In celebration of Alternative Press’ 30th anniversary, we’ve conducted special interviews with the magazine’s “founding fathers,” so to speak. Jason Pettigrew is AP’s editor in chief, and he’s been with the company since 1986—almost its entire 30 years! Pettigrew is a unique blend of rebel and class—he could fit in at the roughest of basement shows, or sipping tea with the queen of England. Graveyard adventures with Trent Reznor, beefs with other magazines and the first coming of Nirvana are just some of the inflection points that dot his lengthy career. In short, the guy has some stories to tell.

Photo: Jason Pettigrew with Kitty and Lyn-Z of Mindless Self Indulgence, 2013

What was your first experience with AP? Do you remember your first time seeing the magazine?
[AP founder] Mike Shea wrote a review of Bauhaus singer Peter Murphy’s solo record—it was a 12-inch of him covering Pere Ubu’s “Final Solution,” and he took umbrage with the fact, “Why is the guy that’s all darkness covering a Pere Ubu song? This is stupid; it should be dark.” I was like, “Dude, this rocks hard. What are you talking about?” He had his address and phone number in the masthead, and of course I called him. I said, “What the hell were you thinking when you wrote that Peter Murphy review?” He kind of got a little defensive with me and said, “Well, you think you can do better?” And that’s how I got involved with Alternative Press. Message to everyone: That is not how you get a job in the year 2015.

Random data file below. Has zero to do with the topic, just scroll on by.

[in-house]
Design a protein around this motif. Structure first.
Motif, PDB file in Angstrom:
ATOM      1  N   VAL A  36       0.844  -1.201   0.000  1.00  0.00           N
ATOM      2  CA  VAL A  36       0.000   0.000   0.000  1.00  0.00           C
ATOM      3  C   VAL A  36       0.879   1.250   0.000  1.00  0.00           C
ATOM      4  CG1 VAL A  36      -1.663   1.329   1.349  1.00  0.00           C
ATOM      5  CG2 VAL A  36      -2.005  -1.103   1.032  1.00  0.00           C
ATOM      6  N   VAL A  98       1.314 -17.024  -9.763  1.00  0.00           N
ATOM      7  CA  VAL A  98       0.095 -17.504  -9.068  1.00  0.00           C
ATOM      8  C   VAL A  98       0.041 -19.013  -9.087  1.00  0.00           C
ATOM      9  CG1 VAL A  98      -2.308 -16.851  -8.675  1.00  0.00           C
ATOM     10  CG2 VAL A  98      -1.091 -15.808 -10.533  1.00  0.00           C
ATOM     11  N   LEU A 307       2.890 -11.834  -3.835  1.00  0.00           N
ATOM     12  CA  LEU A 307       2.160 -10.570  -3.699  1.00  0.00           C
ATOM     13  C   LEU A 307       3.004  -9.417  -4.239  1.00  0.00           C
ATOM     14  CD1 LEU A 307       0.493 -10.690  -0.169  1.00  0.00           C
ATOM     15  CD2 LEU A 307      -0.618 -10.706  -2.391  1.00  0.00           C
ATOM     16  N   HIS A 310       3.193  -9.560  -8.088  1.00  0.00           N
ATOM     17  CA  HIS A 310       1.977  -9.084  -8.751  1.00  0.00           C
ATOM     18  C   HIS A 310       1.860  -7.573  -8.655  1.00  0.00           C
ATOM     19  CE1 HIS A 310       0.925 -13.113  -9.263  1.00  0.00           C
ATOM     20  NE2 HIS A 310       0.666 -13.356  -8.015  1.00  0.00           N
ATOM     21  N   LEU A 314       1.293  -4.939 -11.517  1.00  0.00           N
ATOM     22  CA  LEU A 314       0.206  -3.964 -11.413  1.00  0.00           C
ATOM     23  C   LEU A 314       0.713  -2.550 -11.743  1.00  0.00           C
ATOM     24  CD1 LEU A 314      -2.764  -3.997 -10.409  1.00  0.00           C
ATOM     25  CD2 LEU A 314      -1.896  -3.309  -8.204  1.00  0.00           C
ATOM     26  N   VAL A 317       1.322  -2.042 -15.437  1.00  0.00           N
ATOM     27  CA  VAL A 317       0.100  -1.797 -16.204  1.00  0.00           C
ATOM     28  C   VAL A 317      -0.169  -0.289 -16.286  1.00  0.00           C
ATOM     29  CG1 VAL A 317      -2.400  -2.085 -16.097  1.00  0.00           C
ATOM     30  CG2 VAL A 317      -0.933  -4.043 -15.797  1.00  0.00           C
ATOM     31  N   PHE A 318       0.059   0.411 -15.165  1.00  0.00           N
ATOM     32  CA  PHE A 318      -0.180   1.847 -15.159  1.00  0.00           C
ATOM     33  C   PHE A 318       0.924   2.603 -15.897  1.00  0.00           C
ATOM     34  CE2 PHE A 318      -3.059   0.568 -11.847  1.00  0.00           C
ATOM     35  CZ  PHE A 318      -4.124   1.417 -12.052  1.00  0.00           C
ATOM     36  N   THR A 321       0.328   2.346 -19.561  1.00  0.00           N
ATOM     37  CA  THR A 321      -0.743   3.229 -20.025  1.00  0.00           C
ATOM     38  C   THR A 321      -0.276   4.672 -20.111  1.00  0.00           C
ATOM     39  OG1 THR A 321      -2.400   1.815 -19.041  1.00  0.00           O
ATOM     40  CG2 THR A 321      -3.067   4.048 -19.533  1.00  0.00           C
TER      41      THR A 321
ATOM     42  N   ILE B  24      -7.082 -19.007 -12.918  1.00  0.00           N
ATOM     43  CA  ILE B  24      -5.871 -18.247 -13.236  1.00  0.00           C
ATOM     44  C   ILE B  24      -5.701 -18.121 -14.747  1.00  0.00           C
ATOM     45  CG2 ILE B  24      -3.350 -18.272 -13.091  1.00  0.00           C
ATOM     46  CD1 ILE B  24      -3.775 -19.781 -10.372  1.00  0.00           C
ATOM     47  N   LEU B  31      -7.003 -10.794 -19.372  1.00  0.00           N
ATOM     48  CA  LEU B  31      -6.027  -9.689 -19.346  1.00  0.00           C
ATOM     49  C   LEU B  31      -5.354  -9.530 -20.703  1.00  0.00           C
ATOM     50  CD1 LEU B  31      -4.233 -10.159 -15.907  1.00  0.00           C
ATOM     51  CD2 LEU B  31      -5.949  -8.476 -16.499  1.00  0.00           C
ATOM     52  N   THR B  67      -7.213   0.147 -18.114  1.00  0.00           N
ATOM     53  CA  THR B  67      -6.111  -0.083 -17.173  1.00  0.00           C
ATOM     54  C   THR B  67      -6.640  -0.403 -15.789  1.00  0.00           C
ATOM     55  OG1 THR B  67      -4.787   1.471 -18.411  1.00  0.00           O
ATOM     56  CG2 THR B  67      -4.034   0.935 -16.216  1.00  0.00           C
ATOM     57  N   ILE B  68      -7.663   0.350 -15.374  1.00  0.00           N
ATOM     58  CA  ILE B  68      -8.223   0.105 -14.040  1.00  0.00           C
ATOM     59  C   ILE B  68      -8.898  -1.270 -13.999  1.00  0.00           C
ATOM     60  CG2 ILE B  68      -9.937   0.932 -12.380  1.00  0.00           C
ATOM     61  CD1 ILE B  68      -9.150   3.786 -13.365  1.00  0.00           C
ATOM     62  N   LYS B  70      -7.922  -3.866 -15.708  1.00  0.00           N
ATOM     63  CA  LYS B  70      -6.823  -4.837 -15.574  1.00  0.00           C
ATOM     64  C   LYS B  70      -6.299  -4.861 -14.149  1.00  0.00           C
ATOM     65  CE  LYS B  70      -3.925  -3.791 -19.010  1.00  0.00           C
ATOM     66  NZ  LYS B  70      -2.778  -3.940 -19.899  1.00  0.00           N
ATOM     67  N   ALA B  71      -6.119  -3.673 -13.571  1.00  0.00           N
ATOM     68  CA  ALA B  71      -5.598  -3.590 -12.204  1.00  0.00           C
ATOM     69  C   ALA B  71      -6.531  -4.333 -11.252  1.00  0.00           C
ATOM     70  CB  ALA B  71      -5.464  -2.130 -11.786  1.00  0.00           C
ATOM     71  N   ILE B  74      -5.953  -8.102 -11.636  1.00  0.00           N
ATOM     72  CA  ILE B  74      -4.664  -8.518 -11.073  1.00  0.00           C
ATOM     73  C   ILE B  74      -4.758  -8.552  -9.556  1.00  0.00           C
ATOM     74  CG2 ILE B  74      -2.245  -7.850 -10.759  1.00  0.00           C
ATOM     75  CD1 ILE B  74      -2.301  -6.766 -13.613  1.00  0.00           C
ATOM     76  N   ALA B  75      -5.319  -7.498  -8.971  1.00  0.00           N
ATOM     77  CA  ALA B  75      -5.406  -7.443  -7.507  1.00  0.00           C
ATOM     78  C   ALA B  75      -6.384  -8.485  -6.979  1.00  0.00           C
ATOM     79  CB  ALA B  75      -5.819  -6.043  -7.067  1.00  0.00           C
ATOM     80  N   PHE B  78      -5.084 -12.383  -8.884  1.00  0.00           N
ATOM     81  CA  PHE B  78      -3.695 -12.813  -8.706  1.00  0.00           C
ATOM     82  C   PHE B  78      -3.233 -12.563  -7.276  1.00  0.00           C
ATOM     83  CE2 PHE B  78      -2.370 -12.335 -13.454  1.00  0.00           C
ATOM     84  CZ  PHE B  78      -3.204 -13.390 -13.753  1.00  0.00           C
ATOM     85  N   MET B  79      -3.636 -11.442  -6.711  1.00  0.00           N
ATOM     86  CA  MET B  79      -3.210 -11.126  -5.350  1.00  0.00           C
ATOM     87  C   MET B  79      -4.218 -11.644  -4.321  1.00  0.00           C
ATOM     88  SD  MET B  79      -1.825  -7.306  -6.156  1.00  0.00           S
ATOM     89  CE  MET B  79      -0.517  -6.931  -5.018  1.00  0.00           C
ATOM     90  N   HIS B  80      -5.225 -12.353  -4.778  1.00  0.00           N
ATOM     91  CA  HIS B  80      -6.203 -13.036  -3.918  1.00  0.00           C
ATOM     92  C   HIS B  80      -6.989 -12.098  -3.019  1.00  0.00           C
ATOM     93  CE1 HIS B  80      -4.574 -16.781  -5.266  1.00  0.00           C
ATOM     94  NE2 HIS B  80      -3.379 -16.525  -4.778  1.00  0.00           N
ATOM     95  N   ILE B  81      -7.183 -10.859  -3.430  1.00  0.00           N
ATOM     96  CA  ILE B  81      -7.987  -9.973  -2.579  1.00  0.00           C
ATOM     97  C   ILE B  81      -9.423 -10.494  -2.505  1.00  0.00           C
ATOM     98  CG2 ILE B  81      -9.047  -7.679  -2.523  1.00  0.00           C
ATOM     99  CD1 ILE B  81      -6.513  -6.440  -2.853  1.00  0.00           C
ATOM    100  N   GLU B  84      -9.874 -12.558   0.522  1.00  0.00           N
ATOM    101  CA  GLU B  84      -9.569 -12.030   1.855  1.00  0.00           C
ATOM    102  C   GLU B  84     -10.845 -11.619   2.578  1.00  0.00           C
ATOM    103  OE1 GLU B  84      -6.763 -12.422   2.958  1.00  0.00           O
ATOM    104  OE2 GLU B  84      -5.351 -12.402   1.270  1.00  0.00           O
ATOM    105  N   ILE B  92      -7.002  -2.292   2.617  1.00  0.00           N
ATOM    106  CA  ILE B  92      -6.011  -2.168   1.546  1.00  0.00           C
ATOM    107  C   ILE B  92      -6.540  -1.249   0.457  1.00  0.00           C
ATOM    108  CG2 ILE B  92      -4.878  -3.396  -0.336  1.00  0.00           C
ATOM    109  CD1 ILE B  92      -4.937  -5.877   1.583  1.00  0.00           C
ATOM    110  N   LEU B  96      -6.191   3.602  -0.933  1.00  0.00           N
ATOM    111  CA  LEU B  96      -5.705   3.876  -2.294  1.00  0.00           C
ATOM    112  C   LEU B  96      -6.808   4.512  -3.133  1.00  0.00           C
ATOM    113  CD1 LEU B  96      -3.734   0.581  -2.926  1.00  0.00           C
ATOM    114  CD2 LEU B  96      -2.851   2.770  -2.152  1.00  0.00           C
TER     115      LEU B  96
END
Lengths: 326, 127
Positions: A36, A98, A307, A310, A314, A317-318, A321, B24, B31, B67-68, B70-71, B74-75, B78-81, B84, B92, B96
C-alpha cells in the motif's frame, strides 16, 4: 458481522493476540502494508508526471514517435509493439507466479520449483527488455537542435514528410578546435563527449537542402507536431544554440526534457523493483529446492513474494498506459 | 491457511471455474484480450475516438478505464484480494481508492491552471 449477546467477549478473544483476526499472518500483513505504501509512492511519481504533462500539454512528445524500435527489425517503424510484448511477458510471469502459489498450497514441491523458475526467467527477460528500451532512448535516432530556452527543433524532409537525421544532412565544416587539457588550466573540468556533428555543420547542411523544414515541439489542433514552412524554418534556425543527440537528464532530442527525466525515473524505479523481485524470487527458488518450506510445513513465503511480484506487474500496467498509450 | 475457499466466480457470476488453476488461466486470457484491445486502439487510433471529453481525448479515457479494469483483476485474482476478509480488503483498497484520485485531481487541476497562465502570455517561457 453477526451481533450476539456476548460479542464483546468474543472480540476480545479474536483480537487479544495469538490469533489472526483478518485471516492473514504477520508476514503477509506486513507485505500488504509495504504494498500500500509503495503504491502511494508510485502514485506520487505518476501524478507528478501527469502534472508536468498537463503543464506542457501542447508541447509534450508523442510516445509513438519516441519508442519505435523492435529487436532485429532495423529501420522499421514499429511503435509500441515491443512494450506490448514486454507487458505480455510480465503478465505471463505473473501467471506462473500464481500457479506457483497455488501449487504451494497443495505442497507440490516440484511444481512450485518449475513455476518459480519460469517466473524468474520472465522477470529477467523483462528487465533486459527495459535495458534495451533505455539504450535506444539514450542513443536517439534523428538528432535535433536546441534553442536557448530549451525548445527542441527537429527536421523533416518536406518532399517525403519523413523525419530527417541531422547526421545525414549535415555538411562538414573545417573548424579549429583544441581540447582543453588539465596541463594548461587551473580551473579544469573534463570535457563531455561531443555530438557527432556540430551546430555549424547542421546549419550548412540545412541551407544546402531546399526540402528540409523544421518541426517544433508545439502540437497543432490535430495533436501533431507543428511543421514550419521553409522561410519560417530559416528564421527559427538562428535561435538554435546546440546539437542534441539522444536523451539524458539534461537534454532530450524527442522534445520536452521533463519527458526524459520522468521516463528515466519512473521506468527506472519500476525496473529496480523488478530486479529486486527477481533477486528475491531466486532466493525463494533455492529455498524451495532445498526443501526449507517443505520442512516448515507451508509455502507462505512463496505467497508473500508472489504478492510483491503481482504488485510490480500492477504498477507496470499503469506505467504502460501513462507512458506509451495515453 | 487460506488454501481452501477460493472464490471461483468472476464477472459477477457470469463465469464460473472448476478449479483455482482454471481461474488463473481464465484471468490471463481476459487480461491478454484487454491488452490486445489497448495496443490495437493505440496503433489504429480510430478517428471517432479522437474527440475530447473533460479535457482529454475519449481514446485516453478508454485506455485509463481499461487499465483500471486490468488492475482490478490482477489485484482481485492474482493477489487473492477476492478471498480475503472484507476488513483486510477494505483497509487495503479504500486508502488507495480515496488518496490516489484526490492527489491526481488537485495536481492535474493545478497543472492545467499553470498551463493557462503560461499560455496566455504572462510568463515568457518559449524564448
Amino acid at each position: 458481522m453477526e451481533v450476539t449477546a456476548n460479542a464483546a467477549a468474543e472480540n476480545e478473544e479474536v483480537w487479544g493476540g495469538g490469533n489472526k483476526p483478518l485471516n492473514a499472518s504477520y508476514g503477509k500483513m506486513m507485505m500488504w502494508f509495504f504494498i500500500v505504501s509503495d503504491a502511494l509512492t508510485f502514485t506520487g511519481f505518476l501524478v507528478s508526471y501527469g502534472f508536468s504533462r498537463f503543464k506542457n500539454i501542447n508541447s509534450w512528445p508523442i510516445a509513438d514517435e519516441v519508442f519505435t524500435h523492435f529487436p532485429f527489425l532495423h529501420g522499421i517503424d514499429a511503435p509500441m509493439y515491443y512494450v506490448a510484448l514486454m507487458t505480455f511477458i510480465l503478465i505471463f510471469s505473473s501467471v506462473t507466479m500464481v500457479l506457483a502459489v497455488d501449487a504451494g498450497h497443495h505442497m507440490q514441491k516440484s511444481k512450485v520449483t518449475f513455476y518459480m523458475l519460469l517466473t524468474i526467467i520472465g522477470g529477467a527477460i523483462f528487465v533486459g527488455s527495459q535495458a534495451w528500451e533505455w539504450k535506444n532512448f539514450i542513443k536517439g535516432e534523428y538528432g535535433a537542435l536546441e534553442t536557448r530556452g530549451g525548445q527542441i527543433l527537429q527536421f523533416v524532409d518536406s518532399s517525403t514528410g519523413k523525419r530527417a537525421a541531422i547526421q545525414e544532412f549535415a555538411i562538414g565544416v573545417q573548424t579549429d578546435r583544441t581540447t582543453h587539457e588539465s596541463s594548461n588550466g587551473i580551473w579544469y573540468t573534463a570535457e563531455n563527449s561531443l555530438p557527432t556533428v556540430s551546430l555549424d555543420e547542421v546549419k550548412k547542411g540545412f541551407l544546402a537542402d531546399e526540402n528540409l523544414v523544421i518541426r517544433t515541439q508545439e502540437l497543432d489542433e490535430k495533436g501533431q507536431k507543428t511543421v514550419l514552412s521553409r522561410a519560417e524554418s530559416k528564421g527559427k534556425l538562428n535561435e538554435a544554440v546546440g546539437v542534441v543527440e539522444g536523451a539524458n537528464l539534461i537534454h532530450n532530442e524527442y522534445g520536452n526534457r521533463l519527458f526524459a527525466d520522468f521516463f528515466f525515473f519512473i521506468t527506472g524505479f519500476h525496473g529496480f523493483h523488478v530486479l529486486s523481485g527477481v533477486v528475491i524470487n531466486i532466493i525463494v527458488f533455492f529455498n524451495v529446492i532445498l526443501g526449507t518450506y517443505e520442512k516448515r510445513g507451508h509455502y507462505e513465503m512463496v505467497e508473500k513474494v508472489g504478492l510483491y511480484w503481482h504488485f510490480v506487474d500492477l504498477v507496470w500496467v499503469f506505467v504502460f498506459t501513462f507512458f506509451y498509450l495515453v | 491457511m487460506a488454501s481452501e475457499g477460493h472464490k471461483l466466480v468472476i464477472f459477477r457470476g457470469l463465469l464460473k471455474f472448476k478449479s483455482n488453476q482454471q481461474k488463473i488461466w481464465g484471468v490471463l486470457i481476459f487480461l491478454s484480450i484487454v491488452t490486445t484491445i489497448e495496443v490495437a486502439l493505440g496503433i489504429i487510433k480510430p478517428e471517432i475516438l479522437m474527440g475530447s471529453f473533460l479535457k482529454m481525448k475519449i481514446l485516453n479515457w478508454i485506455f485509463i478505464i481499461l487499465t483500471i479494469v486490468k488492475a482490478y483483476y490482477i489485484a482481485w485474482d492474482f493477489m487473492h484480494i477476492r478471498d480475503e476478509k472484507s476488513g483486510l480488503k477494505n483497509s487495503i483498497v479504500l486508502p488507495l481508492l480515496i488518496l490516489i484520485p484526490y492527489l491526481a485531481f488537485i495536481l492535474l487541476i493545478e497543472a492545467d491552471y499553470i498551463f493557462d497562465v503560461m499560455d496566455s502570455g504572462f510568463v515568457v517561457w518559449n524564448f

When did you become an editor?
I became senior editor in 1992. Mike said he couldn’t bring me to Cleveland at the time [Pettigrew was living in Pittsburgh], because they were still running the magazine’s office out of a two-bedroom apartment in a dodgy part of the west side. There wasn’t enough space for another person until he moved to another place. I hated my record store job and manager so much, I counted down to the busiest shopping weekend of the Christmas season counted back two weeks. I put in my two weeks notice exactly where I would be leaving him on the biggest shopping weekend possible.

What was the magazine like when you arrived?
When I finally arrived in Cleveland, everyone had their own thing they were doing. Everyone was hustling, whether they were hustling for advertising or hustling for an exclusive story. We were hustling, but we were still very much music fans. In the office, someone would be listening to full-on electronic music—you know, the British acid-house movement, techno, all that stuff was really happening back then. Somebody was into all the British imports. Someone was into cock-rock/mainstream rock. So you had a bunch of different personalities who had different tastes. [We were] very much idealistic music fans who were doing something they could get behind; it didn’t matter that we weren’t making $70,000 a year. It didn’t matter that some of us had to get second jobs to pay bills, because we were all really into and believed in what we were doing. It was genuinely honest.